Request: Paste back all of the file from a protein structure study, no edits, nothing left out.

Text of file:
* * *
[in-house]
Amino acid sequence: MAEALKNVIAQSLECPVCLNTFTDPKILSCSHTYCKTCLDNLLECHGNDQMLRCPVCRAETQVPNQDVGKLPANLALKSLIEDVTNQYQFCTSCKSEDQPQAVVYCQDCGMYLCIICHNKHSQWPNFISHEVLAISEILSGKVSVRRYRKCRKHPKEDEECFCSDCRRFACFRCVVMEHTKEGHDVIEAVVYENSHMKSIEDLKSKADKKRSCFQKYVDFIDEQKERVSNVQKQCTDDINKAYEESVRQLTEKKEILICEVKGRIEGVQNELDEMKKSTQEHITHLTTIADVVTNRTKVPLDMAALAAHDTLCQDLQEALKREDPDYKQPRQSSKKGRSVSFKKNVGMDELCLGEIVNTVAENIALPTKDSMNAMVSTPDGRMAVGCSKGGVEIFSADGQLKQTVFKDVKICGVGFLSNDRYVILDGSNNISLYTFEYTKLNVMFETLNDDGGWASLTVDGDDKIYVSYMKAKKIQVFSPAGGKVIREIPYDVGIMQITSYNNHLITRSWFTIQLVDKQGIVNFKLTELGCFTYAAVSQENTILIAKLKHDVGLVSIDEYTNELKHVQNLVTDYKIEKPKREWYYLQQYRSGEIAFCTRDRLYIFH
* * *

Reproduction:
[in-house]
Amino acid sequence: MAEALKNVIAQSLECPVCLNTFTDPKILSCSHTYCKTCLDNLLECHGNDQMLRCPVCRAETQVPNQDVGKLPANLALKSLIEDVTNQYQFCTSCKSEDQPQAVVYCQDCGMYLCIICHNKHSQWPNFISHEVLAISEILSGKVSVRRYRKCRKHPKEDEECFCSDCRRFACFRCVVMEHTKEGHDVIEAVVYENSHMKSIEDLKSKADKKRSCFQKYVDFIDEQKERVSNVQKQCTDDINKAYEESVRQLTEKKEILICEVKGRIEGVQNELDEMKKSTQEHITHLTTIADVVTNRTKVPLDMAALAAHDTLCQDLQEALKREDPDYKQPRQSSKKGRSVSFKKNVGMDELCLGEIVNTVAENIALPTKDSMNAMVSTPDGRMAVGCSKGGVEIFSADGQLKQTVFKDVKICGVGFLSNDRYVILDGSNNISLYTFEYTKLNVMFETLNDDGGWASLTVDGDDKIYVSYMKAKKIQVFSPAGGKVIREIPYDVGIMQITSYNNHLITRSWFTIQLVDKQGIVNFKLTELGCFTYAAVSQENTILIAKLKHDVGLVSIDEYTNELKHVQNLVTDYKIEKPKREWYYLQQYRSGEIAFCTRDRLYIFH